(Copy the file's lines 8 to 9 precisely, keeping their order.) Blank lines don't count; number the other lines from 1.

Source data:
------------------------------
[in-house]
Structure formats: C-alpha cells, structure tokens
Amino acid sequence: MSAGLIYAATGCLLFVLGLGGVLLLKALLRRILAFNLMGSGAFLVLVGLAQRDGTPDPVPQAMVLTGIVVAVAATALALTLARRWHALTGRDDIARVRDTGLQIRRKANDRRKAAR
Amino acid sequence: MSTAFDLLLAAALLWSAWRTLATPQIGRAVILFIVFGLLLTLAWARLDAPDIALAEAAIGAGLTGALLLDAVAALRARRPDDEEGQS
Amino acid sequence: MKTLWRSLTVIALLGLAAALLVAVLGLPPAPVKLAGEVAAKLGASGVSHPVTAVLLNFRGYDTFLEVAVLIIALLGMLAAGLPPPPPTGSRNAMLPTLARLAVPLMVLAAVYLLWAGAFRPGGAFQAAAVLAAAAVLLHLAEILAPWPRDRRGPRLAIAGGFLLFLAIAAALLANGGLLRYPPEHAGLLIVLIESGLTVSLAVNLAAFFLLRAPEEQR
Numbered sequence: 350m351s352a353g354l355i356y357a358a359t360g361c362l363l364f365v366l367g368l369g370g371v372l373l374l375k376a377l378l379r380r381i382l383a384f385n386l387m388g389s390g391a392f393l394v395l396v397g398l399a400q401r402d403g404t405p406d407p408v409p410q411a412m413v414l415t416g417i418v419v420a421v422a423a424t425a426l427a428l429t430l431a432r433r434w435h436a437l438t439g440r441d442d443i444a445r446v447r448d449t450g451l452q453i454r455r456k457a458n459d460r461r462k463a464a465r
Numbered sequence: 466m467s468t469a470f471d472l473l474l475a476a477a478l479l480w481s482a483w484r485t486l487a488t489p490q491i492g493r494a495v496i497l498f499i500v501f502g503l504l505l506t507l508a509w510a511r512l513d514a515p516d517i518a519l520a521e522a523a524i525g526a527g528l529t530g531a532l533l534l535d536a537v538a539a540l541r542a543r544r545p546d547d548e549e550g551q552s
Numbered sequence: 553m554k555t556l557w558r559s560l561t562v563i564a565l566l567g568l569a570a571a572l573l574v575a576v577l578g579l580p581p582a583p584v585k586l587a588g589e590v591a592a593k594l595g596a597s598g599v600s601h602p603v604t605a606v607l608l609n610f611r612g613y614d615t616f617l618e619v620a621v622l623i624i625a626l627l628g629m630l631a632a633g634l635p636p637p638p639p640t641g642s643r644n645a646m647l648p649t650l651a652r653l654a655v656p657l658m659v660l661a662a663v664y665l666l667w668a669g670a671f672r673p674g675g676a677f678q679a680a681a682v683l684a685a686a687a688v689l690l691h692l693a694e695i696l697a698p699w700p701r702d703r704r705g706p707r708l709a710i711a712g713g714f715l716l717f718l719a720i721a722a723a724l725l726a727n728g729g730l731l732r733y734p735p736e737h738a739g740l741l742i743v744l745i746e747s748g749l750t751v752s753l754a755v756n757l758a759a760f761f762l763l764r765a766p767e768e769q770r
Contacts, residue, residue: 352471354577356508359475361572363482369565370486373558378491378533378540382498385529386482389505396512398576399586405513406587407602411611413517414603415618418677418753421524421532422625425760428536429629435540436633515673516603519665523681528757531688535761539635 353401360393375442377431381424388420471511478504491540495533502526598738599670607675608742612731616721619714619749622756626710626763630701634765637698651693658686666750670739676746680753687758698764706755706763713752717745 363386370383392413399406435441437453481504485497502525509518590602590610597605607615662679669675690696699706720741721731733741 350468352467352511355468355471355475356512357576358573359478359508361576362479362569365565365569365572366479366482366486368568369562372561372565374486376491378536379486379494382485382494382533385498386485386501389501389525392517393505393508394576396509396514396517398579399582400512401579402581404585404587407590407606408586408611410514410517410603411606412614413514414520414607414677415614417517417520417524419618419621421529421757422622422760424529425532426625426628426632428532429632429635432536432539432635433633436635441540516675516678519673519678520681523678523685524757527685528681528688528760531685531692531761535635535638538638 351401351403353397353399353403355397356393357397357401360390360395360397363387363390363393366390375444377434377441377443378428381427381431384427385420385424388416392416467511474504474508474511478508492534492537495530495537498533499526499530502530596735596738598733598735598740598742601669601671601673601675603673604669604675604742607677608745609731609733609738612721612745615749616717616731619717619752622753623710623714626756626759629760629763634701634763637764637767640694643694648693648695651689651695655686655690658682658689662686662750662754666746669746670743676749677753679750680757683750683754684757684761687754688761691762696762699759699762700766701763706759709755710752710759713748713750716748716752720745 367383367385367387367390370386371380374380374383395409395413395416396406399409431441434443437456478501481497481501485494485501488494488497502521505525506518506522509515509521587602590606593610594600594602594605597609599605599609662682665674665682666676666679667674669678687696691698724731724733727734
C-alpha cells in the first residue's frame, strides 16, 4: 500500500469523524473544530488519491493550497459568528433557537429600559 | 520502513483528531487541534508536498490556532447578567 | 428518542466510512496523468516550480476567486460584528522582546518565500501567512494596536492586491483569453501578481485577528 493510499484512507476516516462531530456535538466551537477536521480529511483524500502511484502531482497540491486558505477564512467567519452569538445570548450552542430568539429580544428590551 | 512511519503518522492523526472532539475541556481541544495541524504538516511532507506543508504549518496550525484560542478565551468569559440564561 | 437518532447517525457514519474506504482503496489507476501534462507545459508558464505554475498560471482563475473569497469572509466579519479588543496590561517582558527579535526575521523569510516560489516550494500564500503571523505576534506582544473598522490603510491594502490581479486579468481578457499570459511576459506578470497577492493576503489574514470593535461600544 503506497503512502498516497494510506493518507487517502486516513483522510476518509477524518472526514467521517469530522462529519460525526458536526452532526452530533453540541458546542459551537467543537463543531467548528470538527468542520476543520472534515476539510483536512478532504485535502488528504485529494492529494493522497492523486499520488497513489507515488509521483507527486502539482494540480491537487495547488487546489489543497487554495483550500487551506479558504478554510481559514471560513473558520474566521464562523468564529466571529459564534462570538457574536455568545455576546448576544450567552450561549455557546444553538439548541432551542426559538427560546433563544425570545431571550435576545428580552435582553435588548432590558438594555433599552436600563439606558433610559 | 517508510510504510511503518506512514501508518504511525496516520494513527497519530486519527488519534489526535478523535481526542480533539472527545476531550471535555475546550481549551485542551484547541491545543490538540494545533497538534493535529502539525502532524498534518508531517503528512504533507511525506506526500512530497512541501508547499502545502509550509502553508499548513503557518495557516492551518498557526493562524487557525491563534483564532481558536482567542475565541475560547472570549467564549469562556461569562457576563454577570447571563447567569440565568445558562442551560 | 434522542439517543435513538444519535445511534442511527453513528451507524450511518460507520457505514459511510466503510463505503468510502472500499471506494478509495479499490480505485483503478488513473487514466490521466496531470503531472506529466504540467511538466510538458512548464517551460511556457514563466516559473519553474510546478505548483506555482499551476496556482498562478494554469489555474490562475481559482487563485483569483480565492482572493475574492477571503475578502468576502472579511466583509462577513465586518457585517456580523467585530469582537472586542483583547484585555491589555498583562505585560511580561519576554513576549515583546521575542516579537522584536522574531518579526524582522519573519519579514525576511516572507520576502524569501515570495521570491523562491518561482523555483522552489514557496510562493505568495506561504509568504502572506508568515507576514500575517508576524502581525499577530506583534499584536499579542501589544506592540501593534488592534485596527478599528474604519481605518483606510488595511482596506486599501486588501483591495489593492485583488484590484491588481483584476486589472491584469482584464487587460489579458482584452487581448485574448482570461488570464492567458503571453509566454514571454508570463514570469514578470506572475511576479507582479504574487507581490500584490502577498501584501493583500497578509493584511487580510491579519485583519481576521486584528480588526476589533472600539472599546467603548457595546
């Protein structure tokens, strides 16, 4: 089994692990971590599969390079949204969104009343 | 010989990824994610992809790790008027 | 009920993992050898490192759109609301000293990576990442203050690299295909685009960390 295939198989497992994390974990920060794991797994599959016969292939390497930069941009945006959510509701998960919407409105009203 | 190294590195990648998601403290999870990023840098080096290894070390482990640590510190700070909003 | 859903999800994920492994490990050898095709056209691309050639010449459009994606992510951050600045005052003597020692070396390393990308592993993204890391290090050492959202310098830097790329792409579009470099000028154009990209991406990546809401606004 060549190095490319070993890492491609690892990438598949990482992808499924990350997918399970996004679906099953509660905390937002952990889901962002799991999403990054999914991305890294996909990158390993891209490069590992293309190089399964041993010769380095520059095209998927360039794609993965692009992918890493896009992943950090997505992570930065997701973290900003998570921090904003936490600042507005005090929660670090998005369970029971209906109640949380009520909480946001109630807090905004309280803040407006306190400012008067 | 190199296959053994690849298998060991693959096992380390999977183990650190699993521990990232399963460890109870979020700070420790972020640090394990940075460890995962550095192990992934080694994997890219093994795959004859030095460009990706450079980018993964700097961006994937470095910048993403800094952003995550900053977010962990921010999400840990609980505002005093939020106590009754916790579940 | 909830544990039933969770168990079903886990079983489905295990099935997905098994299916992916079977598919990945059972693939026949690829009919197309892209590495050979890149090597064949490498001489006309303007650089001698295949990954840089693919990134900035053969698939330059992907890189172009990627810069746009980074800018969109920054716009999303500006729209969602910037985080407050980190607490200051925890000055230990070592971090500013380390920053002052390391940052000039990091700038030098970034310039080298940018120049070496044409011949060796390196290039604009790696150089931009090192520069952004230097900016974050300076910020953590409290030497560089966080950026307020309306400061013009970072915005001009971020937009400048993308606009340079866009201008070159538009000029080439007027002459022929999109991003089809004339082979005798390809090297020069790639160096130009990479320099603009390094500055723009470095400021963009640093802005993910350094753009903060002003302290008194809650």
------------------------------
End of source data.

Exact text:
Numbered sequence: 553m554k555t556l557w558r559s560l561t562v563i564a565l566l567g568l569a570a571a572l573l574v575a576v577l578g579l580p581p582a583p584v585k586l587a588g589e590v591a592a593k594l595g596a597s598g599v600s601h602p603v604t605a606v607l608l609n610f611r612g613y614d615t616f617l618e619v620a621v622l623i624i625a626l627l628g629m630l631a632a633g634l635p636p637p638p639p640t641g642s643r644n645a646m647l648p649t650l651a652r653l654a655v656p657l658m659v660l661a662a663v664y665l666l667w668a669g670a671f672r673p674g675g676a677f678q679a680a681a682v683l684a685a686a687a688v689l690l691h692l693a694e695i696l697a698p699w700p701r702d703r704r705g706p707r708l709a710i711a712g713g714f715l716l717f718l719a720i721a722a723a724l725l726a727n728g729g730l731l732r733y734p735p736e737h738a739g740l741l742i743v744l745i746e747s748g749l750t751v752s753l754a755v756n757l758a759a760f761f762l763l764r765a766p767e768e769q770r
Contacts, residue, residue: 352471354577356508359475361572363482369565370486373558378491378533378540382498385529386482389505396512398576399586405513406587407602411611413517414603415618418677418753421524421532422625425760428536429629435540436633515673516603519665523681528757531688535761539635 353401360393375442377431381424388420471511478504491540495533502526598738599670607675608742612731616721619714619749622756626710626763630701634765637698651693658686666750670739676746680753687758698764706755706763713752717745 363386370383392413399406435441437453481504485497502525509518590602590610597605607615662679669675690696699706720741721731733741 350468352467352511355468355471355475356512357576358573359478359508361576362479362569365565365569365572366479366482366486368568369562372561372565374486376491378536379486379494382485382494382533385498386485386501389501389525392517393505393508394576396509396514396517398579399582400512401579402581404585404587407590407606408586408611410514410517410603411606412614413514414520414607414677415614417517417520417524419618419621421529421757422622422760424529425532426625426628426632428532429632429635432536432539432635433633436635441540516675516678519673519678520681523678523685524757527685528681528688528760531685531692531761535635535638538638 351401351403353397353399353403355397356393357397357401360390360395360397363387363390363393366390375444377434377441377443378428381427381431384427385420385424388416392416467511474504474508474511478508492534492537495530495537498533499526499530502530596735596738598733598735598740598742601669601671601673601675603673604669604675604742607677608745609731609733609738612721612745615749616717616731619717619752622753623710623714626756626759629760629763634701634763637764637767640694643694648693648695651689651695655686655690658682658689662686662750662754666746669746670743676749677753679750680757683750683754684757684761687754688761691762696762699759699762700766701763706759709755710752710759713748713750716748716752720745 367383367385367387367390370386371380374380374383395409395413395416396406399409431441434443437456478501481497481501485494485501488494488497502521505525506518506522509515509521587602590606593610594600594602594605597609599605599609662682665674665682666676666679667674669678687696691698724731724733727734